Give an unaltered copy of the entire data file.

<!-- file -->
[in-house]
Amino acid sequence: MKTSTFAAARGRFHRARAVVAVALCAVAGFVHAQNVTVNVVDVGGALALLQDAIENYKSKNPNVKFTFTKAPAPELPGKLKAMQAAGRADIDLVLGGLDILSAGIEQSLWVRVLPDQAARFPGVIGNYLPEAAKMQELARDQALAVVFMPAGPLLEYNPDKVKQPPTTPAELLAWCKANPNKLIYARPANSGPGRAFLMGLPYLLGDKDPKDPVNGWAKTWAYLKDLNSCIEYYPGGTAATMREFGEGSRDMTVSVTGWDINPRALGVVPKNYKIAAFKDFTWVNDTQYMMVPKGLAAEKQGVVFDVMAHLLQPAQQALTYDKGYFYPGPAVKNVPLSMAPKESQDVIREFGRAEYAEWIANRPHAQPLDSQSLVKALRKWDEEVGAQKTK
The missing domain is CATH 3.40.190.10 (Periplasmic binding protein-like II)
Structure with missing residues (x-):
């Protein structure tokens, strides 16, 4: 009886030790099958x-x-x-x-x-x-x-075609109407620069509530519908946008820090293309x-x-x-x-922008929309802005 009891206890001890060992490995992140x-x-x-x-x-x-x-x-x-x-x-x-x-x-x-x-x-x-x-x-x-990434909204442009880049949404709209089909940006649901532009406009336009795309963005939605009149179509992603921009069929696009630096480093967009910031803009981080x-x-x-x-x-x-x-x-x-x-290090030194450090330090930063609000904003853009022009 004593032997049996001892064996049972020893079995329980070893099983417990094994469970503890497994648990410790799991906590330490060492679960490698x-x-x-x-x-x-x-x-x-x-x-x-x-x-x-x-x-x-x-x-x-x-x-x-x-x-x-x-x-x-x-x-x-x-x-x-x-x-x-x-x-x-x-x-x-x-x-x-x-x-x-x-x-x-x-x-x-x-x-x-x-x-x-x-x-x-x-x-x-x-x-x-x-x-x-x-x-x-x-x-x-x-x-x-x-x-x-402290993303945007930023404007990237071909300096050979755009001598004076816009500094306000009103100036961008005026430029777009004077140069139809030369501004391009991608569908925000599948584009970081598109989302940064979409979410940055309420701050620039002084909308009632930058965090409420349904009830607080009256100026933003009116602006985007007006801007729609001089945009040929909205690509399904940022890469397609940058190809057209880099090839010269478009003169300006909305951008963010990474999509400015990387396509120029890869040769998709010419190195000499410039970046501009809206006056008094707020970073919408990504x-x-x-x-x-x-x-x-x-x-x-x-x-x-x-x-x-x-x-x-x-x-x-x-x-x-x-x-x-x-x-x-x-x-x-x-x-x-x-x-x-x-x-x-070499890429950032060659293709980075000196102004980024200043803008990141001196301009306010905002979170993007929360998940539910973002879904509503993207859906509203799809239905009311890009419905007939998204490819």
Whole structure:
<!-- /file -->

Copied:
[in-house]
Amino acid sequence: MKTSTFAAARGRFHRARAVVAVALCAVAGFVHAQNVTVNVVDVGGALALLQDAIENYKSKNPNVKFTFTKAPAPELPGKLKAMQAAGRADIDLVLGGLDILSAGIEQSLWVRVLPDQAARFPGVIGNYLPEAAKMQELARDQALAVVFMPAGPLLEYNPDKVKQPPTTPAELLAWCKANPNKLIYARPANSGPGRAFLMGLPYLLGDKDPKDPVNGWAKTWAYLKDLNSCIEYYPGGTAATMREFGEGSRDMTVSVTGWDINPRALGVVPKNYKIAAFKDFTWVNDTQYMMVPKGLAAEKQGVVFDVMAHLLQPAQQALTYDKGYFYPGPAVKNVPLSMAPKESQDVIREFGRAEYAEWIANRPHAQPLDSQSLVKALRKWDEEVGAQKTK
The missing domain is CATH 3.40.190.10 (Periplasmic binding protein-like II)
Structure with missing residues (x-):
């Protein structure tokens, strides 16, 4: 009886030790099958x-x-x-x-x-x-x-075609109407620069509530519908946008820090293309x-x-x-x-922008929309802005 009891206890001890060992490995992140x-x-x-x-x-x-x-x-x-x-x-x-x-x-x-x-x-x-x-x-x-990434909204442009880049949404709209089909940006649901532009406009336009795309963005939605009149179509992603921009069929696009630096480093967009910031803009981080x-x-x-x-x-x-x-x-x-x-290090030194450090330090930063609000904003853009022009 004593032997049996001892064996049972020893079995329980070893099983417990094994469970503890497994648990410790799991906590330490060492679960490698x-x-x-x-x-x-x-x-x-x-x-x-x-x-x-x-x-x-x-x-x-x-x-x-x-x-x-x-x-x-x-x-x-x-x-x-x-x-x-x-x-x-x-x-x-x-x-x-x-x-x-x-x-x-x-x-x-x-x-x-x-x-x-x-x-x-x-x-x-x-x-x-x-x-x-x-x-x-x-x-x-x-x-x-x-x-x-402290993303945007930023404007990237071909300096050979755009001598004076816009500094306000009103100036961008005026430029777009004077140069139809030369501004391009991608569908925000599948584009970081598109989302940064979409979410940055309420701050620039002084909308009632930058965090409420349904009830607080009256100026933003009116602006985007007006801007729609001089945009040929909205690509399904940022890469397609940058190809057209880099090839010269478009003169300006909305951008963010990474999509400015990387396509120029890869040769998709010419190195000499410039970046501009809206006056008094707020970073919408990504x-x-x-x-x-x-x-x-x-x-x-x-x-x-x-x-x-x-x-x-x-x-x-x-x-x-x-x-x-x-x-x-x-x-x-x-x-x-x-x-x-x-x-x-070499890429950032060659293709980075000196102004980024200043803008990141001196301009306010905002979170993007929360998940539910973002879904509503993207859906509203799809239905009311890009419905007939998204490819």
Whole structure: